Petter Eldh joined Troyka onstage.
Petter Eldh's music has a beastlike resonance.

Life is Transient is on the album and was played at Rich Mix.
Life is Transient feels like a fairground ride in the hands of Kit Downes.
Life is Transient is hopeful.

For a moment none of us were transient,
we were listening to Troyka.

But in truth, life is transient, and so are we.


Tuesday, 17 February 2015

Dan Nicholls - Esoterica

Dan Nicholls
The music streamed off into the audience like the continuous roll of paper in Jack Kerouac's typewriter. Some was incoherent, much was about the journey from A to B, but all of it came from the hand tectonics of Dan Nicholls. It was a short half hour set at Rich Mix (12/02/2015) that unwound in one electronic reel of music.

Nicholls played both laptop and small keyboard often with head bent over always with intensity.
His set was a seeping cinematic creep like the slow-motion lava that edges towards the expendable villagers in a Technicolor epic. In the dark belly of Rich Mix's crowd I could not see my sketchpad so I wrote blind, the words tumbling out with Kerouac rapidity.
Dan Nicholls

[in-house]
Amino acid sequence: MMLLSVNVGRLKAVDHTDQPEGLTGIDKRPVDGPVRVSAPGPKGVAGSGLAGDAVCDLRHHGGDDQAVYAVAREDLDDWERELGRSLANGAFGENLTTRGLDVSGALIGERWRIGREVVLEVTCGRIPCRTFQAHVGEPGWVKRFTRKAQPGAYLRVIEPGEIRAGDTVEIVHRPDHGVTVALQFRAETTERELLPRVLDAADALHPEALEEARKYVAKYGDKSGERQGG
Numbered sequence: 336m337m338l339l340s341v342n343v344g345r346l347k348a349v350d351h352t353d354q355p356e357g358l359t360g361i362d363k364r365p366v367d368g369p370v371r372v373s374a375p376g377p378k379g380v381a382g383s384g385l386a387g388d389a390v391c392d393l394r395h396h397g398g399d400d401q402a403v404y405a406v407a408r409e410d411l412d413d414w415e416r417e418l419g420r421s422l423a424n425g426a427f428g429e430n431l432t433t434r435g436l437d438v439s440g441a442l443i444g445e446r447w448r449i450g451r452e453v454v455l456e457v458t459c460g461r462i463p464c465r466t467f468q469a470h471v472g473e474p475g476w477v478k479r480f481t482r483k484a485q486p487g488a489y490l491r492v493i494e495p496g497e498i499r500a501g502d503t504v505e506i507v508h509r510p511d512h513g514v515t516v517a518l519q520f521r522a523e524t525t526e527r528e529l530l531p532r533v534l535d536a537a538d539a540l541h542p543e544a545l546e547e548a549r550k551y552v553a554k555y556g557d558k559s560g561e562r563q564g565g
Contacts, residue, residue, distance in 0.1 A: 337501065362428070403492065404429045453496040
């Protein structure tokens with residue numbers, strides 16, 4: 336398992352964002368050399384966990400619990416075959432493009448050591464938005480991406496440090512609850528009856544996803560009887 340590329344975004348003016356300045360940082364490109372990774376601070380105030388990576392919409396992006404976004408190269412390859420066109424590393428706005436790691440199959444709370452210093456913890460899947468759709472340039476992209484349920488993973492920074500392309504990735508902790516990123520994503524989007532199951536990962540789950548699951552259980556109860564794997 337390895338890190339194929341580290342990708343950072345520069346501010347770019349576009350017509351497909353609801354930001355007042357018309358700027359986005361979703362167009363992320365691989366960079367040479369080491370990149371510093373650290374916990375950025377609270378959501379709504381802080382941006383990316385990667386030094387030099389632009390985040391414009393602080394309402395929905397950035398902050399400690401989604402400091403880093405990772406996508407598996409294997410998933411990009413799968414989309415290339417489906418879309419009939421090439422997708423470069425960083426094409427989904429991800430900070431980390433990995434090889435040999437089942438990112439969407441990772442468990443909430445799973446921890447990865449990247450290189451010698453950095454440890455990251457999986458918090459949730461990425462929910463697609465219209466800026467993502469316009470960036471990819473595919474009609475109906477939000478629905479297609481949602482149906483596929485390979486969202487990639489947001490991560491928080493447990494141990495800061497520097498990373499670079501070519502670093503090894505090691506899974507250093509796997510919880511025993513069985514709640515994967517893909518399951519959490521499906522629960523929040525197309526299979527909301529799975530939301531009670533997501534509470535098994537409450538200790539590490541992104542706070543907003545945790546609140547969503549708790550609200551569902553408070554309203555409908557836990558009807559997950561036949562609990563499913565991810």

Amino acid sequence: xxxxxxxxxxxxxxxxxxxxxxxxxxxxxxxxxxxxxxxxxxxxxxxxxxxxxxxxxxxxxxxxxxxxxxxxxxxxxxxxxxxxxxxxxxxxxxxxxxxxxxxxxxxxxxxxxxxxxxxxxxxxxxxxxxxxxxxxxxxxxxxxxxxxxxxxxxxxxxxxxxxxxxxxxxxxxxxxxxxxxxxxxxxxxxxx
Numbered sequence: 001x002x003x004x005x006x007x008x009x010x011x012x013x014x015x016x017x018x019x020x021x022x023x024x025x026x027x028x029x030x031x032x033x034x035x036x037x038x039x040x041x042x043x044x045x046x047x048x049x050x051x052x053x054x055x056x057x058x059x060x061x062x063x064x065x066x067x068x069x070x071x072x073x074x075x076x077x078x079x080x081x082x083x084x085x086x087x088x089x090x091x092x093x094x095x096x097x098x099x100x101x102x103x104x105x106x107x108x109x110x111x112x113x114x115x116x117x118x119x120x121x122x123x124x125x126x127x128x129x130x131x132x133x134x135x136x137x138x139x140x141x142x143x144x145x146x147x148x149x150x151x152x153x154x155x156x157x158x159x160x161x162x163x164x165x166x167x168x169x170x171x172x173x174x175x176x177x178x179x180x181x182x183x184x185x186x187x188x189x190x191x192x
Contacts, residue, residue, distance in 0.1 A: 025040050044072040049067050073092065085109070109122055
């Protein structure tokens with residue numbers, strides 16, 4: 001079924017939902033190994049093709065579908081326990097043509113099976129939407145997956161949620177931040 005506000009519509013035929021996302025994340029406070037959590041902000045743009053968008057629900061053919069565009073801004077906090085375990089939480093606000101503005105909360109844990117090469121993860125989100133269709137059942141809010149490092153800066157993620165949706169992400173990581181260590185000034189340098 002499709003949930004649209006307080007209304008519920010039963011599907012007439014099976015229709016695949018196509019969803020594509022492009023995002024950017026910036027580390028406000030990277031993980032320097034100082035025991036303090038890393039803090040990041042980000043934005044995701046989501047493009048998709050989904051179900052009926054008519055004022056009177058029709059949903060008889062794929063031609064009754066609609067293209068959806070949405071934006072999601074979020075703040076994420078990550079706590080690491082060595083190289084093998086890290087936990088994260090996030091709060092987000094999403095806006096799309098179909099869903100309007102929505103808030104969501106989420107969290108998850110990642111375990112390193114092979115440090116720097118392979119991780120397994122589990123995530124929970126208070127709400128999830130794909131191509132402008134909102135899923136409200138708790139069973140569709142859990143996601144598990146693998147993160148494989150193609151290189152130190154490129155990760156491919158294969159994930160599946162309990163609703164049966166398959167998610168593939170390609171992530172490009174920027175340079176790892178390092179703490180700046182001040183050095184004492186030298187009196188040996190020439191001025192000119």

Phase 1 - Metallic hyenas and Spirographs spheres. The dusty smudges of a hand leave imperceptible layers of graded grease as it works back and forth. Momentary flashes on the retina, the memories of a dazzling light. The memories of a day in the park, the dancing drops of light. The sound is the body and the body is all. It is all of me. Kickback.

Phase 2 - Blip. Makes the mouth form a silent vowel. A silent movie plays as actors loop on screen, they pronounce their a's, e's, i's, o's and u's. Zero in on just the lips.

Phase 3 - Rumble. Polyp. The sudden disturbance of a fish on the silty bottom and then the resettling. The first spoken word of a man, the sound of his voice on an empty telephone line. Echoing chambers of communication.

Phase 4 - Industrial. Punching engines, daily punishment and crazed enjoyments. We are complicit in being chewed up. The dull turning of my neighbour in bed during the night, he turns, again and again. Does he ever stop turning?

Phase 5 - Metallic. Wood against wood. Clogged ball-bearing, marble hunter. Fingers reaching into pipes. Wind whistles through small holes. Pushing plasticine into my mouth. It comes out of my nostrils, my ears, my belly button, nipples and follicles. Rising higher and higher, this mass of pink cushioned worms.